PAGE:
Working with Placeholders and Tags

In some strings, you will see placeholders (e.g.  %1$s, %s, %d) and tags (e.g. {{strong}}), which allow for the insertion of dynamic content after the string has been translated.

If there is a placeholder or tag in the source string, the exact same tag or placeholder must appear in the translation. These can be moved around within a string but should not be translated or modified.

Here are a few examples of strings with placeholders or tags:

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Some placeholderes and tags include English words, such as %(author)s%(days)d, or {{updateButton/}}. The English words tell you what the placeholder refers to. When translating, the entire placeholder (including the English word) should be kept intact and not translated. Rare exceptions are noted in locale-specific translation guides.

GlotPress will throw a warning if tags or variable placeholders are missing from the translation.

*Tip: Below the translation field, you will see a list of placeholders for each string  Screen Shot 2018-06-26 at 2.41.29 PM.png. Clicking on these variables will automatically insert them into the translation field. These can be very helpful while translating.

**Tip: For strings with several placeholders or tags, use the Copy from original button to copy the entire source text into the translation field. You can then insert your translations around the tags and placeholders.

What do these placeholders stand for?

%s: this is a placeholder for a string, meaning that %s will be replaced with either a word or a string of words. You might see English words between the % and s that tell you what placeholder stands for. For example, %(author)s stands for the name of the author.

%s: used when only one placeholder is present.
%1$s%2$s%3$s, …:  used when there are several placeholders within a string. You can rearrange the order of these numbered placeholders when translating. This allows for more flexibility in the translated string while ensuring the dynamic content will still be inserted in the right places.

%d: this is a placeholder for a decimal, meaning that %d will be replaced with a number. The English word tells you what the number refers to.  For example, %(days)s refers to the number of days.

Tags: {{tagname}} or <​tag​>. These come in two types: tag pairs and placeholder tags.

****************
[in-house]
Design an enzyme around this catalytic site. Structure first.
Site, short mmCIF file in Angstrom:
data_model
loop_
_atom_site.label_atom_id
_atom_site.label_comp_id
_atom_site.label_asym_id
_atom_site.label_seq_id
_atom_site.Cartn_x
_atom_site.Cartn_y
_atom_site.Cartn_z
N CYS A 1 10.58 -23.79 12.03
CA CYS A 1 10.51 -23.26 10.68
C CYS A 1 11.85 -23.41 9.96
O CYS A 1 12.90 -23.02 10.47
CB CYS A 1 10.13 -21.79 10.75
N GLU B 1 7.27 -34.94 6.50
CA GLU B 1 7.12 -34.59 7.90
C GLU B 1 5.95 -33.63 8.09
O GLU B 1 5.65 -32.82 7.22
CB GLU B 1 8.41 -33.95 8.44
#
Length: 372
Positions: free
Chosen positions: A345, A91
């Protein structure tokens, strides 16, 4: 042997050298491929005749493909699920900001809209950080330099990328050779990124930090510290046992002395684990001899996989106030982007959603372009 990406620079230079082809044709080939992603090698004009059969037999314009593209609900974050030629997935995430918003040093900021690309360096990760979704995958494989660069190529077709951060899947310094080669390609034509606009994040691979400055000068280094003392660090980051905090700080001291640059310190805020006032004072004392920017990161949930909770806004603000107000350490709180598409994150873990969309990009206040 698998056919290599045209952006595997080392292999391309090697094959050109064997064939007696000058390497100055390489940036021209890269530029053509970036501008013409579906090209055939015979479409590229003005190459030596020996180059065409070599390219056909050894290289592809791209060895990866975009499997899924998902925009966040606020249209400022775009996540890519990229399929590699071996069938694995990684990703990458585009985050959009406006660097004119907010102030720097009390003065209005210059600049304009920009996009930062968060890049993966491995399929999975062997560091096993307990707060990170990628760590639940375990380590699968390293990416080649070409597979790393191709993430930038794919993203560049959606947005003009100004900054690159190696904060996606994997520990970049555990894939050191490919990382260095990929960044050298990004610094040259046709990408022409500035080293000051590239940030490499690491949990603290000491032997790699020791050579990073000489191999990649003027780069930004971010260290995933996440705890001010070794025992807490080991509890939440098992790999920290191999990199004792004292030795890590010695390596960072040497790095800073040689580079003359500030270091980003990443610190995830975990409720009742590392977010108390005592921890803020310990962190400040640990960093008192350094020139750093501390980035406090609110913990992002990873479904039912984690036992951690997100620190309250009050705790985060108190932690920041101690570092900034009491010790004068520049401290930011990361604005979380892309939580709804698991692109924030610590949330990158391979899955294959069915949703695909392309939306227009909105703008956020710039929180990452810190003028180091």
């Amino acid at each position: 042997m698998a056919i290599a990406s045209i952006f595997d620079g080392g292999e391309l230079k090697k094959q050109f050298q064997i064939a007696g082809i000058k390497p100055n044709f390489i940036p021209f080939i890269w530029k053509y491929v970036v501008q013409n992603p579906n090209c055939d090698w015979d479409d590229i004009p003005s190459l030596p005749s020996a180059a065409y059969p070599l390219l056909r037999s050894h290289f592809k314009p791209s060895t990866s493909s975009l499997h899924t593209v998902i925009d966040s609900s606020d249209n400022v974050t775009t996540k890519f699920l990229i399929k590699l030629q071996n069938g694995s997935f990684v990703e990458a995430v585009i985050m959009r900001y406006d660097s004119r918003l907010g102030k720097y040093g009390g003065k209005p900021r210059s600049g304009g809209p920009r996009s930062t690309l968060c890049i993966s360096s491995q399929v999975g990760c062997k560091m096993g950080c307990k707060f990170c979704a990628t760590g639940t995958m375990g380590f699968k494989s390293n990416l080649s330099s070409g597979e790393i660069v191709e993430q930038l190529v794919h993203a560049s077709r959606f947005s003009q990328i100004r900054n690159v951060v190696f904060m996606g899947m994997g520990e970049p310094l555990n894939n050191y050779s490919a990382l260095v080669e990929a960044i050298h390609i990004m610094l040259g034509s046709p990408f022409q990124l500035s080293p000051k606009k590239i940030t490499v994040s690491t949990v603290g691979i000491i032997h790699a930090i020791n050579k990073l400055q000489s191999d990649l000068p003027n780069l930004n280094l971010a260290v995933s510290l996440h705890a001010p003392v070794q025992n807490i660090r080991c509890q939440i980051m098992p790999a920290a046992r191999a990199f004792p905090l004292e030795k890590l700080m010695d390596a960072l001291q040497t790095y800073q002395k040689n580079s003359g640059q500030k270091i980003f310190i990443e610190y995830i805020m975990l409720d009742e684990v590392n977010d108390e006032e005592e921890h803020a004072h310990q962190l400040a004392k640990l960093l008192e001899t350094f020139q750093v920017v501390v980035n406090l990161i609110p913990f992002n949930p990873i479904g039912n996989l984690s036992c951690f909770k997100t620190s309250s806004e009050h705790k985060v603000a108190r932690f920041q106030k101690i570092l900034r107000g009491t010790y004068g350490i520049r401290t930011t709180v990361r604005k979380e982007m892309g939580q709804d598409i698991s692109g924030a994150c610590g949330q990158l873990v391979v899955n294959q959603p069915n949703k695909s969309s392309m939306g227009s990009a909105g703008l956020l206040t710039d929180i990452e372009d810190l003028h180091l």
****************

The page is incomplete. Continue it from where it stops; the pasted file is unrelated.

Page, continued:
• Tag pairs always have an opening and a closing tag (e.g. {{strong}}text{{/strong}}) and are often used for formatting or links. Tag pairs must start with an opening tag and end with a closing tag. When translating, make sure that the opening and closing tags are placed around the correct word(s).
  • Placeholder tags indicate the presence of non-translatable information in a string, such as a button.

Finding Context

The grey highlighted text next to the original string provides context for the given string and allows you to see what the variables stand for.

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In some cases, you may find the description as a comment.

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HTML Entities

You may also see HTML entities in some strings. An HTML entity is a piece of text that begins with an ampersand (&) and ends with a semicolon (;) and is used to represent special characters in HTML.


Original String:
Click &​#8220;Next&​#8221; to start adding links to your new menu.

Cliquez sur « Suivant » pour commencer à ajouter des liens à votre nouveau menu.

If there is an HTML entity in the English string, it may or may not need to be in the translated string. Unlike tags and placeholders, you can omit an entity from the translation if it’s not needed.

If you are unsure of what an entity stands for, you can see a full list of entities here.

Common HTML Entities:

&​#8220; = “ (left double quotation)
&​#8221; = ” (right double quotation)
&​#8217; = ’ (apostrophe)
&​amp; = & (ampersand)
&​nbsp; = non-breaking space

*Tip 1: for quotation marks, you can replace the quotation entities with the quotation mark used in your language (e.g. « » in French).

*Tip 2: if ampersands are not commonly used in your language, you can replace it with the translation for the word “and”.